On his return he never looked completely fit, with rumours constantly circulating that his career, at aged 30, might in fact be at an end. Without someone to knock home the goals Sunderland fought to the end before going losing at Wimbledon to be relegated on the final day of the season.

Fully fit at the start of the 1997-98 season Quinn was joined up front by late starter to the professional game, Watford's Kevin Phillips. Totally different in size and shape the two were nevertheless to enjoy at times an almost telepathic understanding, especially after Manchester City's Nicky Summerbee was signed in November 1997 to produce the sort of crosses Quinn could exploit with his superb aerial ability.

It was Quinn that had the crowd at the newly opened Stadium of Light roaring their delight when he scored the first league goal there, and with a goal from Phillips Sunderland were quickly into their stride by beating Manchester City 3-1.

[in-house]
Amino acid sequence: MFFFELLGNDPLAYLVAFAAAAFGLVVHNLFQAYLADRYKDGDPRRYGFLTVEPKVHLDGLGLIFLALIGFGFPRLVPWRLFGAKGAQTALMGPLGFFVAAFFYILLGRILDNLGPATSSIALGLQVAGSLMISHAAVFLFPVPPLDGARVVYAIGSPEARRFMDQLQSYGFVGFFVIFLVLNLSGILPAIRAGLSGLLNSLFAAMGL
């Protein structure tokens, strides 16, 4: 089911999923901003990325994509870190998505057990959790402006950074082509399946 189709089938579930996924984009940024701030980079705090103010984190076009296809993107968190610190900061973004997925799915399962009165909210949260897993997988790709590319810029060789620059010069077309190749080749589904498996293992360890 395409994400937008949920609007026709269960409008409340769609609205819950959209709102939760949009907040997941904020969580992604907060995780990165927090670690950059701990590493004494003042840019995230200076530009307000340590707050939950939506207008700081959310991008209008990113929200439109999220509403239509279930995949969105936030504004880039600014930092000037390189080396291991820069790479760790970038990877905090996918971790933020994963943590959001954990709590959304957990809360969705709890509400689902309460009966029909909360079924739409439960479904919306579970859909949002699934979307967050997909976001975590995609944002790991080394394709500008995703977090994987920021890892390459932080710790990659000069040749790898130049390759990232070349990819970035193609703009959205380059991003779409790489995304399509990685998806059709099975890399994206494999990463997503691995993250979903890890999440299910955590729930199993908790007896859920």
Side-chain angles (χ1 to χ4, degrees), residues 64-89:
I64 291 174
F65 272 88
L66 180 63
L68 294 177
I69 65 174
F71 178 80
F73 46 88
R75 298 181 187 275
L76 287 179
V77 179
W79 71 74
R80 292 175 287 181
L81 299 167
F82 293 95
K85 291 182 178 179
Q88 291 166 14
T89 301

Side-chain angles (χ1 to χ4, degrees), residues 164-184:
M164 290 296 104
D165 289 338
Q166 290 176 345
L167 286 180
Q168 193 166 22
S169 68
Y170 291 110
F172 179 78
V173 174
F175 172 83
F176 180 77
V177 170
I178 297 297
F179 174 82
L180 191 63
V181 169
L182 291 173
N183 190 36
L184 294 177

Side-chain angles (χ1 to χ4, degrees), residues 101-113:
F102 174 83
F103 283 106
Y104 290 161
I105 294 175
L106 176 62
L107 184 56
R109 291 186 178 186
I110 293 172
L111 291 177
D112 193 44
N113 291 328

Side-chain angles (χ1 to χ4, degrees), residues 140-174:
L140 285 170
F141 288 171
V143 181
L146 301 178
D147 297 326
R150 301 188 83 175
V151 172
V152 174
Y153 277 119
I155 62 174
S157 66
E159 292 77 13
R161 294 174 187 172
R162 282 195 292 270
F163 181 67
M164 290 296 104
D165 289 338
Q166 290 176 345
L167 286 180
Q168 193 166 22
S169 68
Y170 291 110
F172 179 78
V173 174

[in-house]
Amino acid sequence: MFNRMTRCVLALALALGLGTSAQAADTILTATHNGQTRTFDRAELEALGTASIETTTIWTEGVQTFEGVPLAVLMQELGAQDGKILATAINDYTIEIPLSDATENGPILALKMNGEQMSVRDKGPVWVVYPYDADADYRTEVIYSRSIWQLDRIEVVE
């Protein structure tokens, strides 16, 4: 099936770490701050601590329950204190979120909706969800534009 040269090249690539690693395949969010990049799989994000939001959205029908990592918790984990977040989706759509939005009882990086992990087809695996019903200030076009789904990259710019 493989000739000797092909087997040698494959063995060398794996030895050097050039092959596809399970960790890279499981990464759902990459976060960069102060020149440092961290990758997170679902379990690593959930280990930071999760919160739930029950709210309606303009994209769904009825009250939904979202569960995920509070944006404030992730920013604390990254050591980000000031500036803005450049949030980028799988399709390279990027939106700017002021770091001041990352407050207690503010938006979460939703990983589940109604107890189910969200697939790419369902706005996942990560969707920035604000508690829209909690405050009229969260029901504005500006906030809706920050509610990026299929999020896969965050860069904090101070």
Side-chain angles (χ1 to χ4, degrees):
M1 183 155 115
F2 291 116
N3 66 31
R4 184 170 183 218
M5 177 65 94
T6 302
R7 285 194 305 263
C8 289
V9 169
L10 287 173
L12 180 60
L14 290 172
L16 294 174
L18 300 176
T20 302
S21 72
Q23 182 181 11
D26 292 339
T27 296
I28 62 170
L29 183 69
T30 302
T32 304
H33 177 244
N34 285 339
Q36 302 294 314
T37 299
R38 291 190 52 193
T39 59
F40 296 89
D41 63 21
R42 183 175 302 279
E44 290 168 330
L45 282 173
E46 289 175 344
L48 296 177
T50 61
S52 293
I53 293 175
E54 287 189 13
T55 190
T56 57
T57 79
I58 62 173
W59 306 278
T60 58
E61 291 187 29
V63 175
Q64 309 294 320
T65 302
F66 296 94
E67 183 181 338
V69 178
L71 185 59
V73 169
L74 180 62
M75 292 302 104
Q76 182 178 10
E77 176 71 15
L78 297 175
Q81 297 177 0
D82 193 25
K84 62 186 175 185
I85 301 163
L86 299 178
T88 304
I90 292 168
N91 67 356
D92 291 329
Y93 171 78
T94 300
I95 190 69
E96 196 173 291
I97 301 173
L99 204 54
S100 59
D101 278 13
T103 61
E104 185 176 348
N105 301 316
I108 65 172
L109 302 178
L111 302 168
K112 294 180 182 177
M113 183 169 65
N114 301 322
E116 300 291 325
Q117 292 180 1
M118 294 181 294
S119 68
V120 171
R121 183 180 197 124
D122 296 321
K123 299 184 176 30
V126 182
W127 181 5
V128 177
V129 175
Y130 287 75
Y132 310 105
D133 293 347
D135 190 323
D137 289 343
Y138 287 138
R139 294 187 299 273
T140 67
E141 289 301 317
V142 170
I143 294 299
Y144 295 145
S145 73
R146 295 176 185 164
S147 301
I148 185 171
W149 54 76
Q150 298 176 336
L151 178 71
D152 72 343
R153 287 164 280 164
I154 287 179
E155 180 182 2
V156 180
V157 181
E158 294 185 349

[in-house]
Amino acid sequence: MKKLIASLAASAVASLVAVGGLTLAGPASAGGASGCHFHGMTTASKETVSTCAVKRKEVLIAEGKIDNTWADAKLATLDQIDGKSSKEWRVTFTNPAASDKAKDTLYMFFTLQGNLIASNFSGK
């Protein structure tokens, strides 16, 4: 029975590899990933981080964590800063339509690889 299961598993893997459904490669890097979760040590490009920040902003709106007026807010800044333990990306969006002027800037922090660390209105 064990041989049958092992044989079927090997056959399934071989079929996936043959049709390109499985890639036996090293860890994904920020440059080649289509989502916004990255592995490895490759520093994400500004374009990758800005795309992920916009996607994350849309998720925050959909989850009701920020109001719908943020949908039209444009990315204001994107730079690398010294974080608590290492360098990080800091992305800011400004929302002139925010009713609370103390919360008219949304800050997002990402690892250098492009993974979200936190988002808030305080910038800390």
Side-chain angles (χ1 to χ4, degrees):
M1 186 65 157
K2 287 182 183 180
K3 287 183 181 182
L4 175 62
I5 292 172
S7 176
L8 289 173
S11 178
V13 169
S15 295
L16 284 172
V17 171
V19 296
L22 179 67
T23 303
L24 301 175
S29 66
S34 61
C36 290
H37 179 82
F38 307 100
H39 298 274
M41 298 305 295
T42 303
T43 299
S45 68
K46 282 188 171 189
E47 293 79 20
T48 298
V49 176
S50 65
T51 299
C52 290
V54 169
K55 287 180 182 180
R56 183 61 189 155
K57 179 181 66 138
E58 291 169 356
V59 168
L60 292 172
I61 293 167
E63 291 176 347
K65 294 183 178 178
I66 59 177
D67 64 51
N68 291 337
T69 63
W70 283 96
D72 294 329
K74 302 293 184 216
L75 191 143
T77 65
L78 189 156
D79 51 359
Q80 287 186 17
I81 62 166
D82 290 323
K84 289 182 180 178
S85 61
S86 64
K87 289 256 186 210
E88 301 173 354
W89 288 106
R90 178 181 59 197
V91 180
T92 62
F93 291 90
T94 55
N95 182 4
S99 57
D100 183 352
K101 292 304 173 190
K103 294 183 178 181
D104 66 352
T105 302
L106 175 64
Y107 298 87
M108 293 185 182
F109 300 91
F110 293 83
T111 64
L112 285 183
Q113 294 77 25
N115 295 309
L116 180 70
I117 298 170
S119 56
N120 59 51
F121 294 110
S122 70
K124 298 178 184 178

In March 1998 Quinn scored his only treble during his time at Sunderland as Stockport County were beaten 4-1. Yet despite winning at Swindon Town on the final day of the season, Sunderland just finished outside the automatic promotion places taken by Middlesbrough and Nottingham Forest.

Beating Sheffield United in the semi-final set up Reid's side for a place in the Wembley play-off final. Playing poorly in the first half and a goal down it was Quinn who got his side back into the match when he brilliantly headed Summerbee's corner beyond Sasa Ilic and into the Charlton net. It was to spark wild celebration.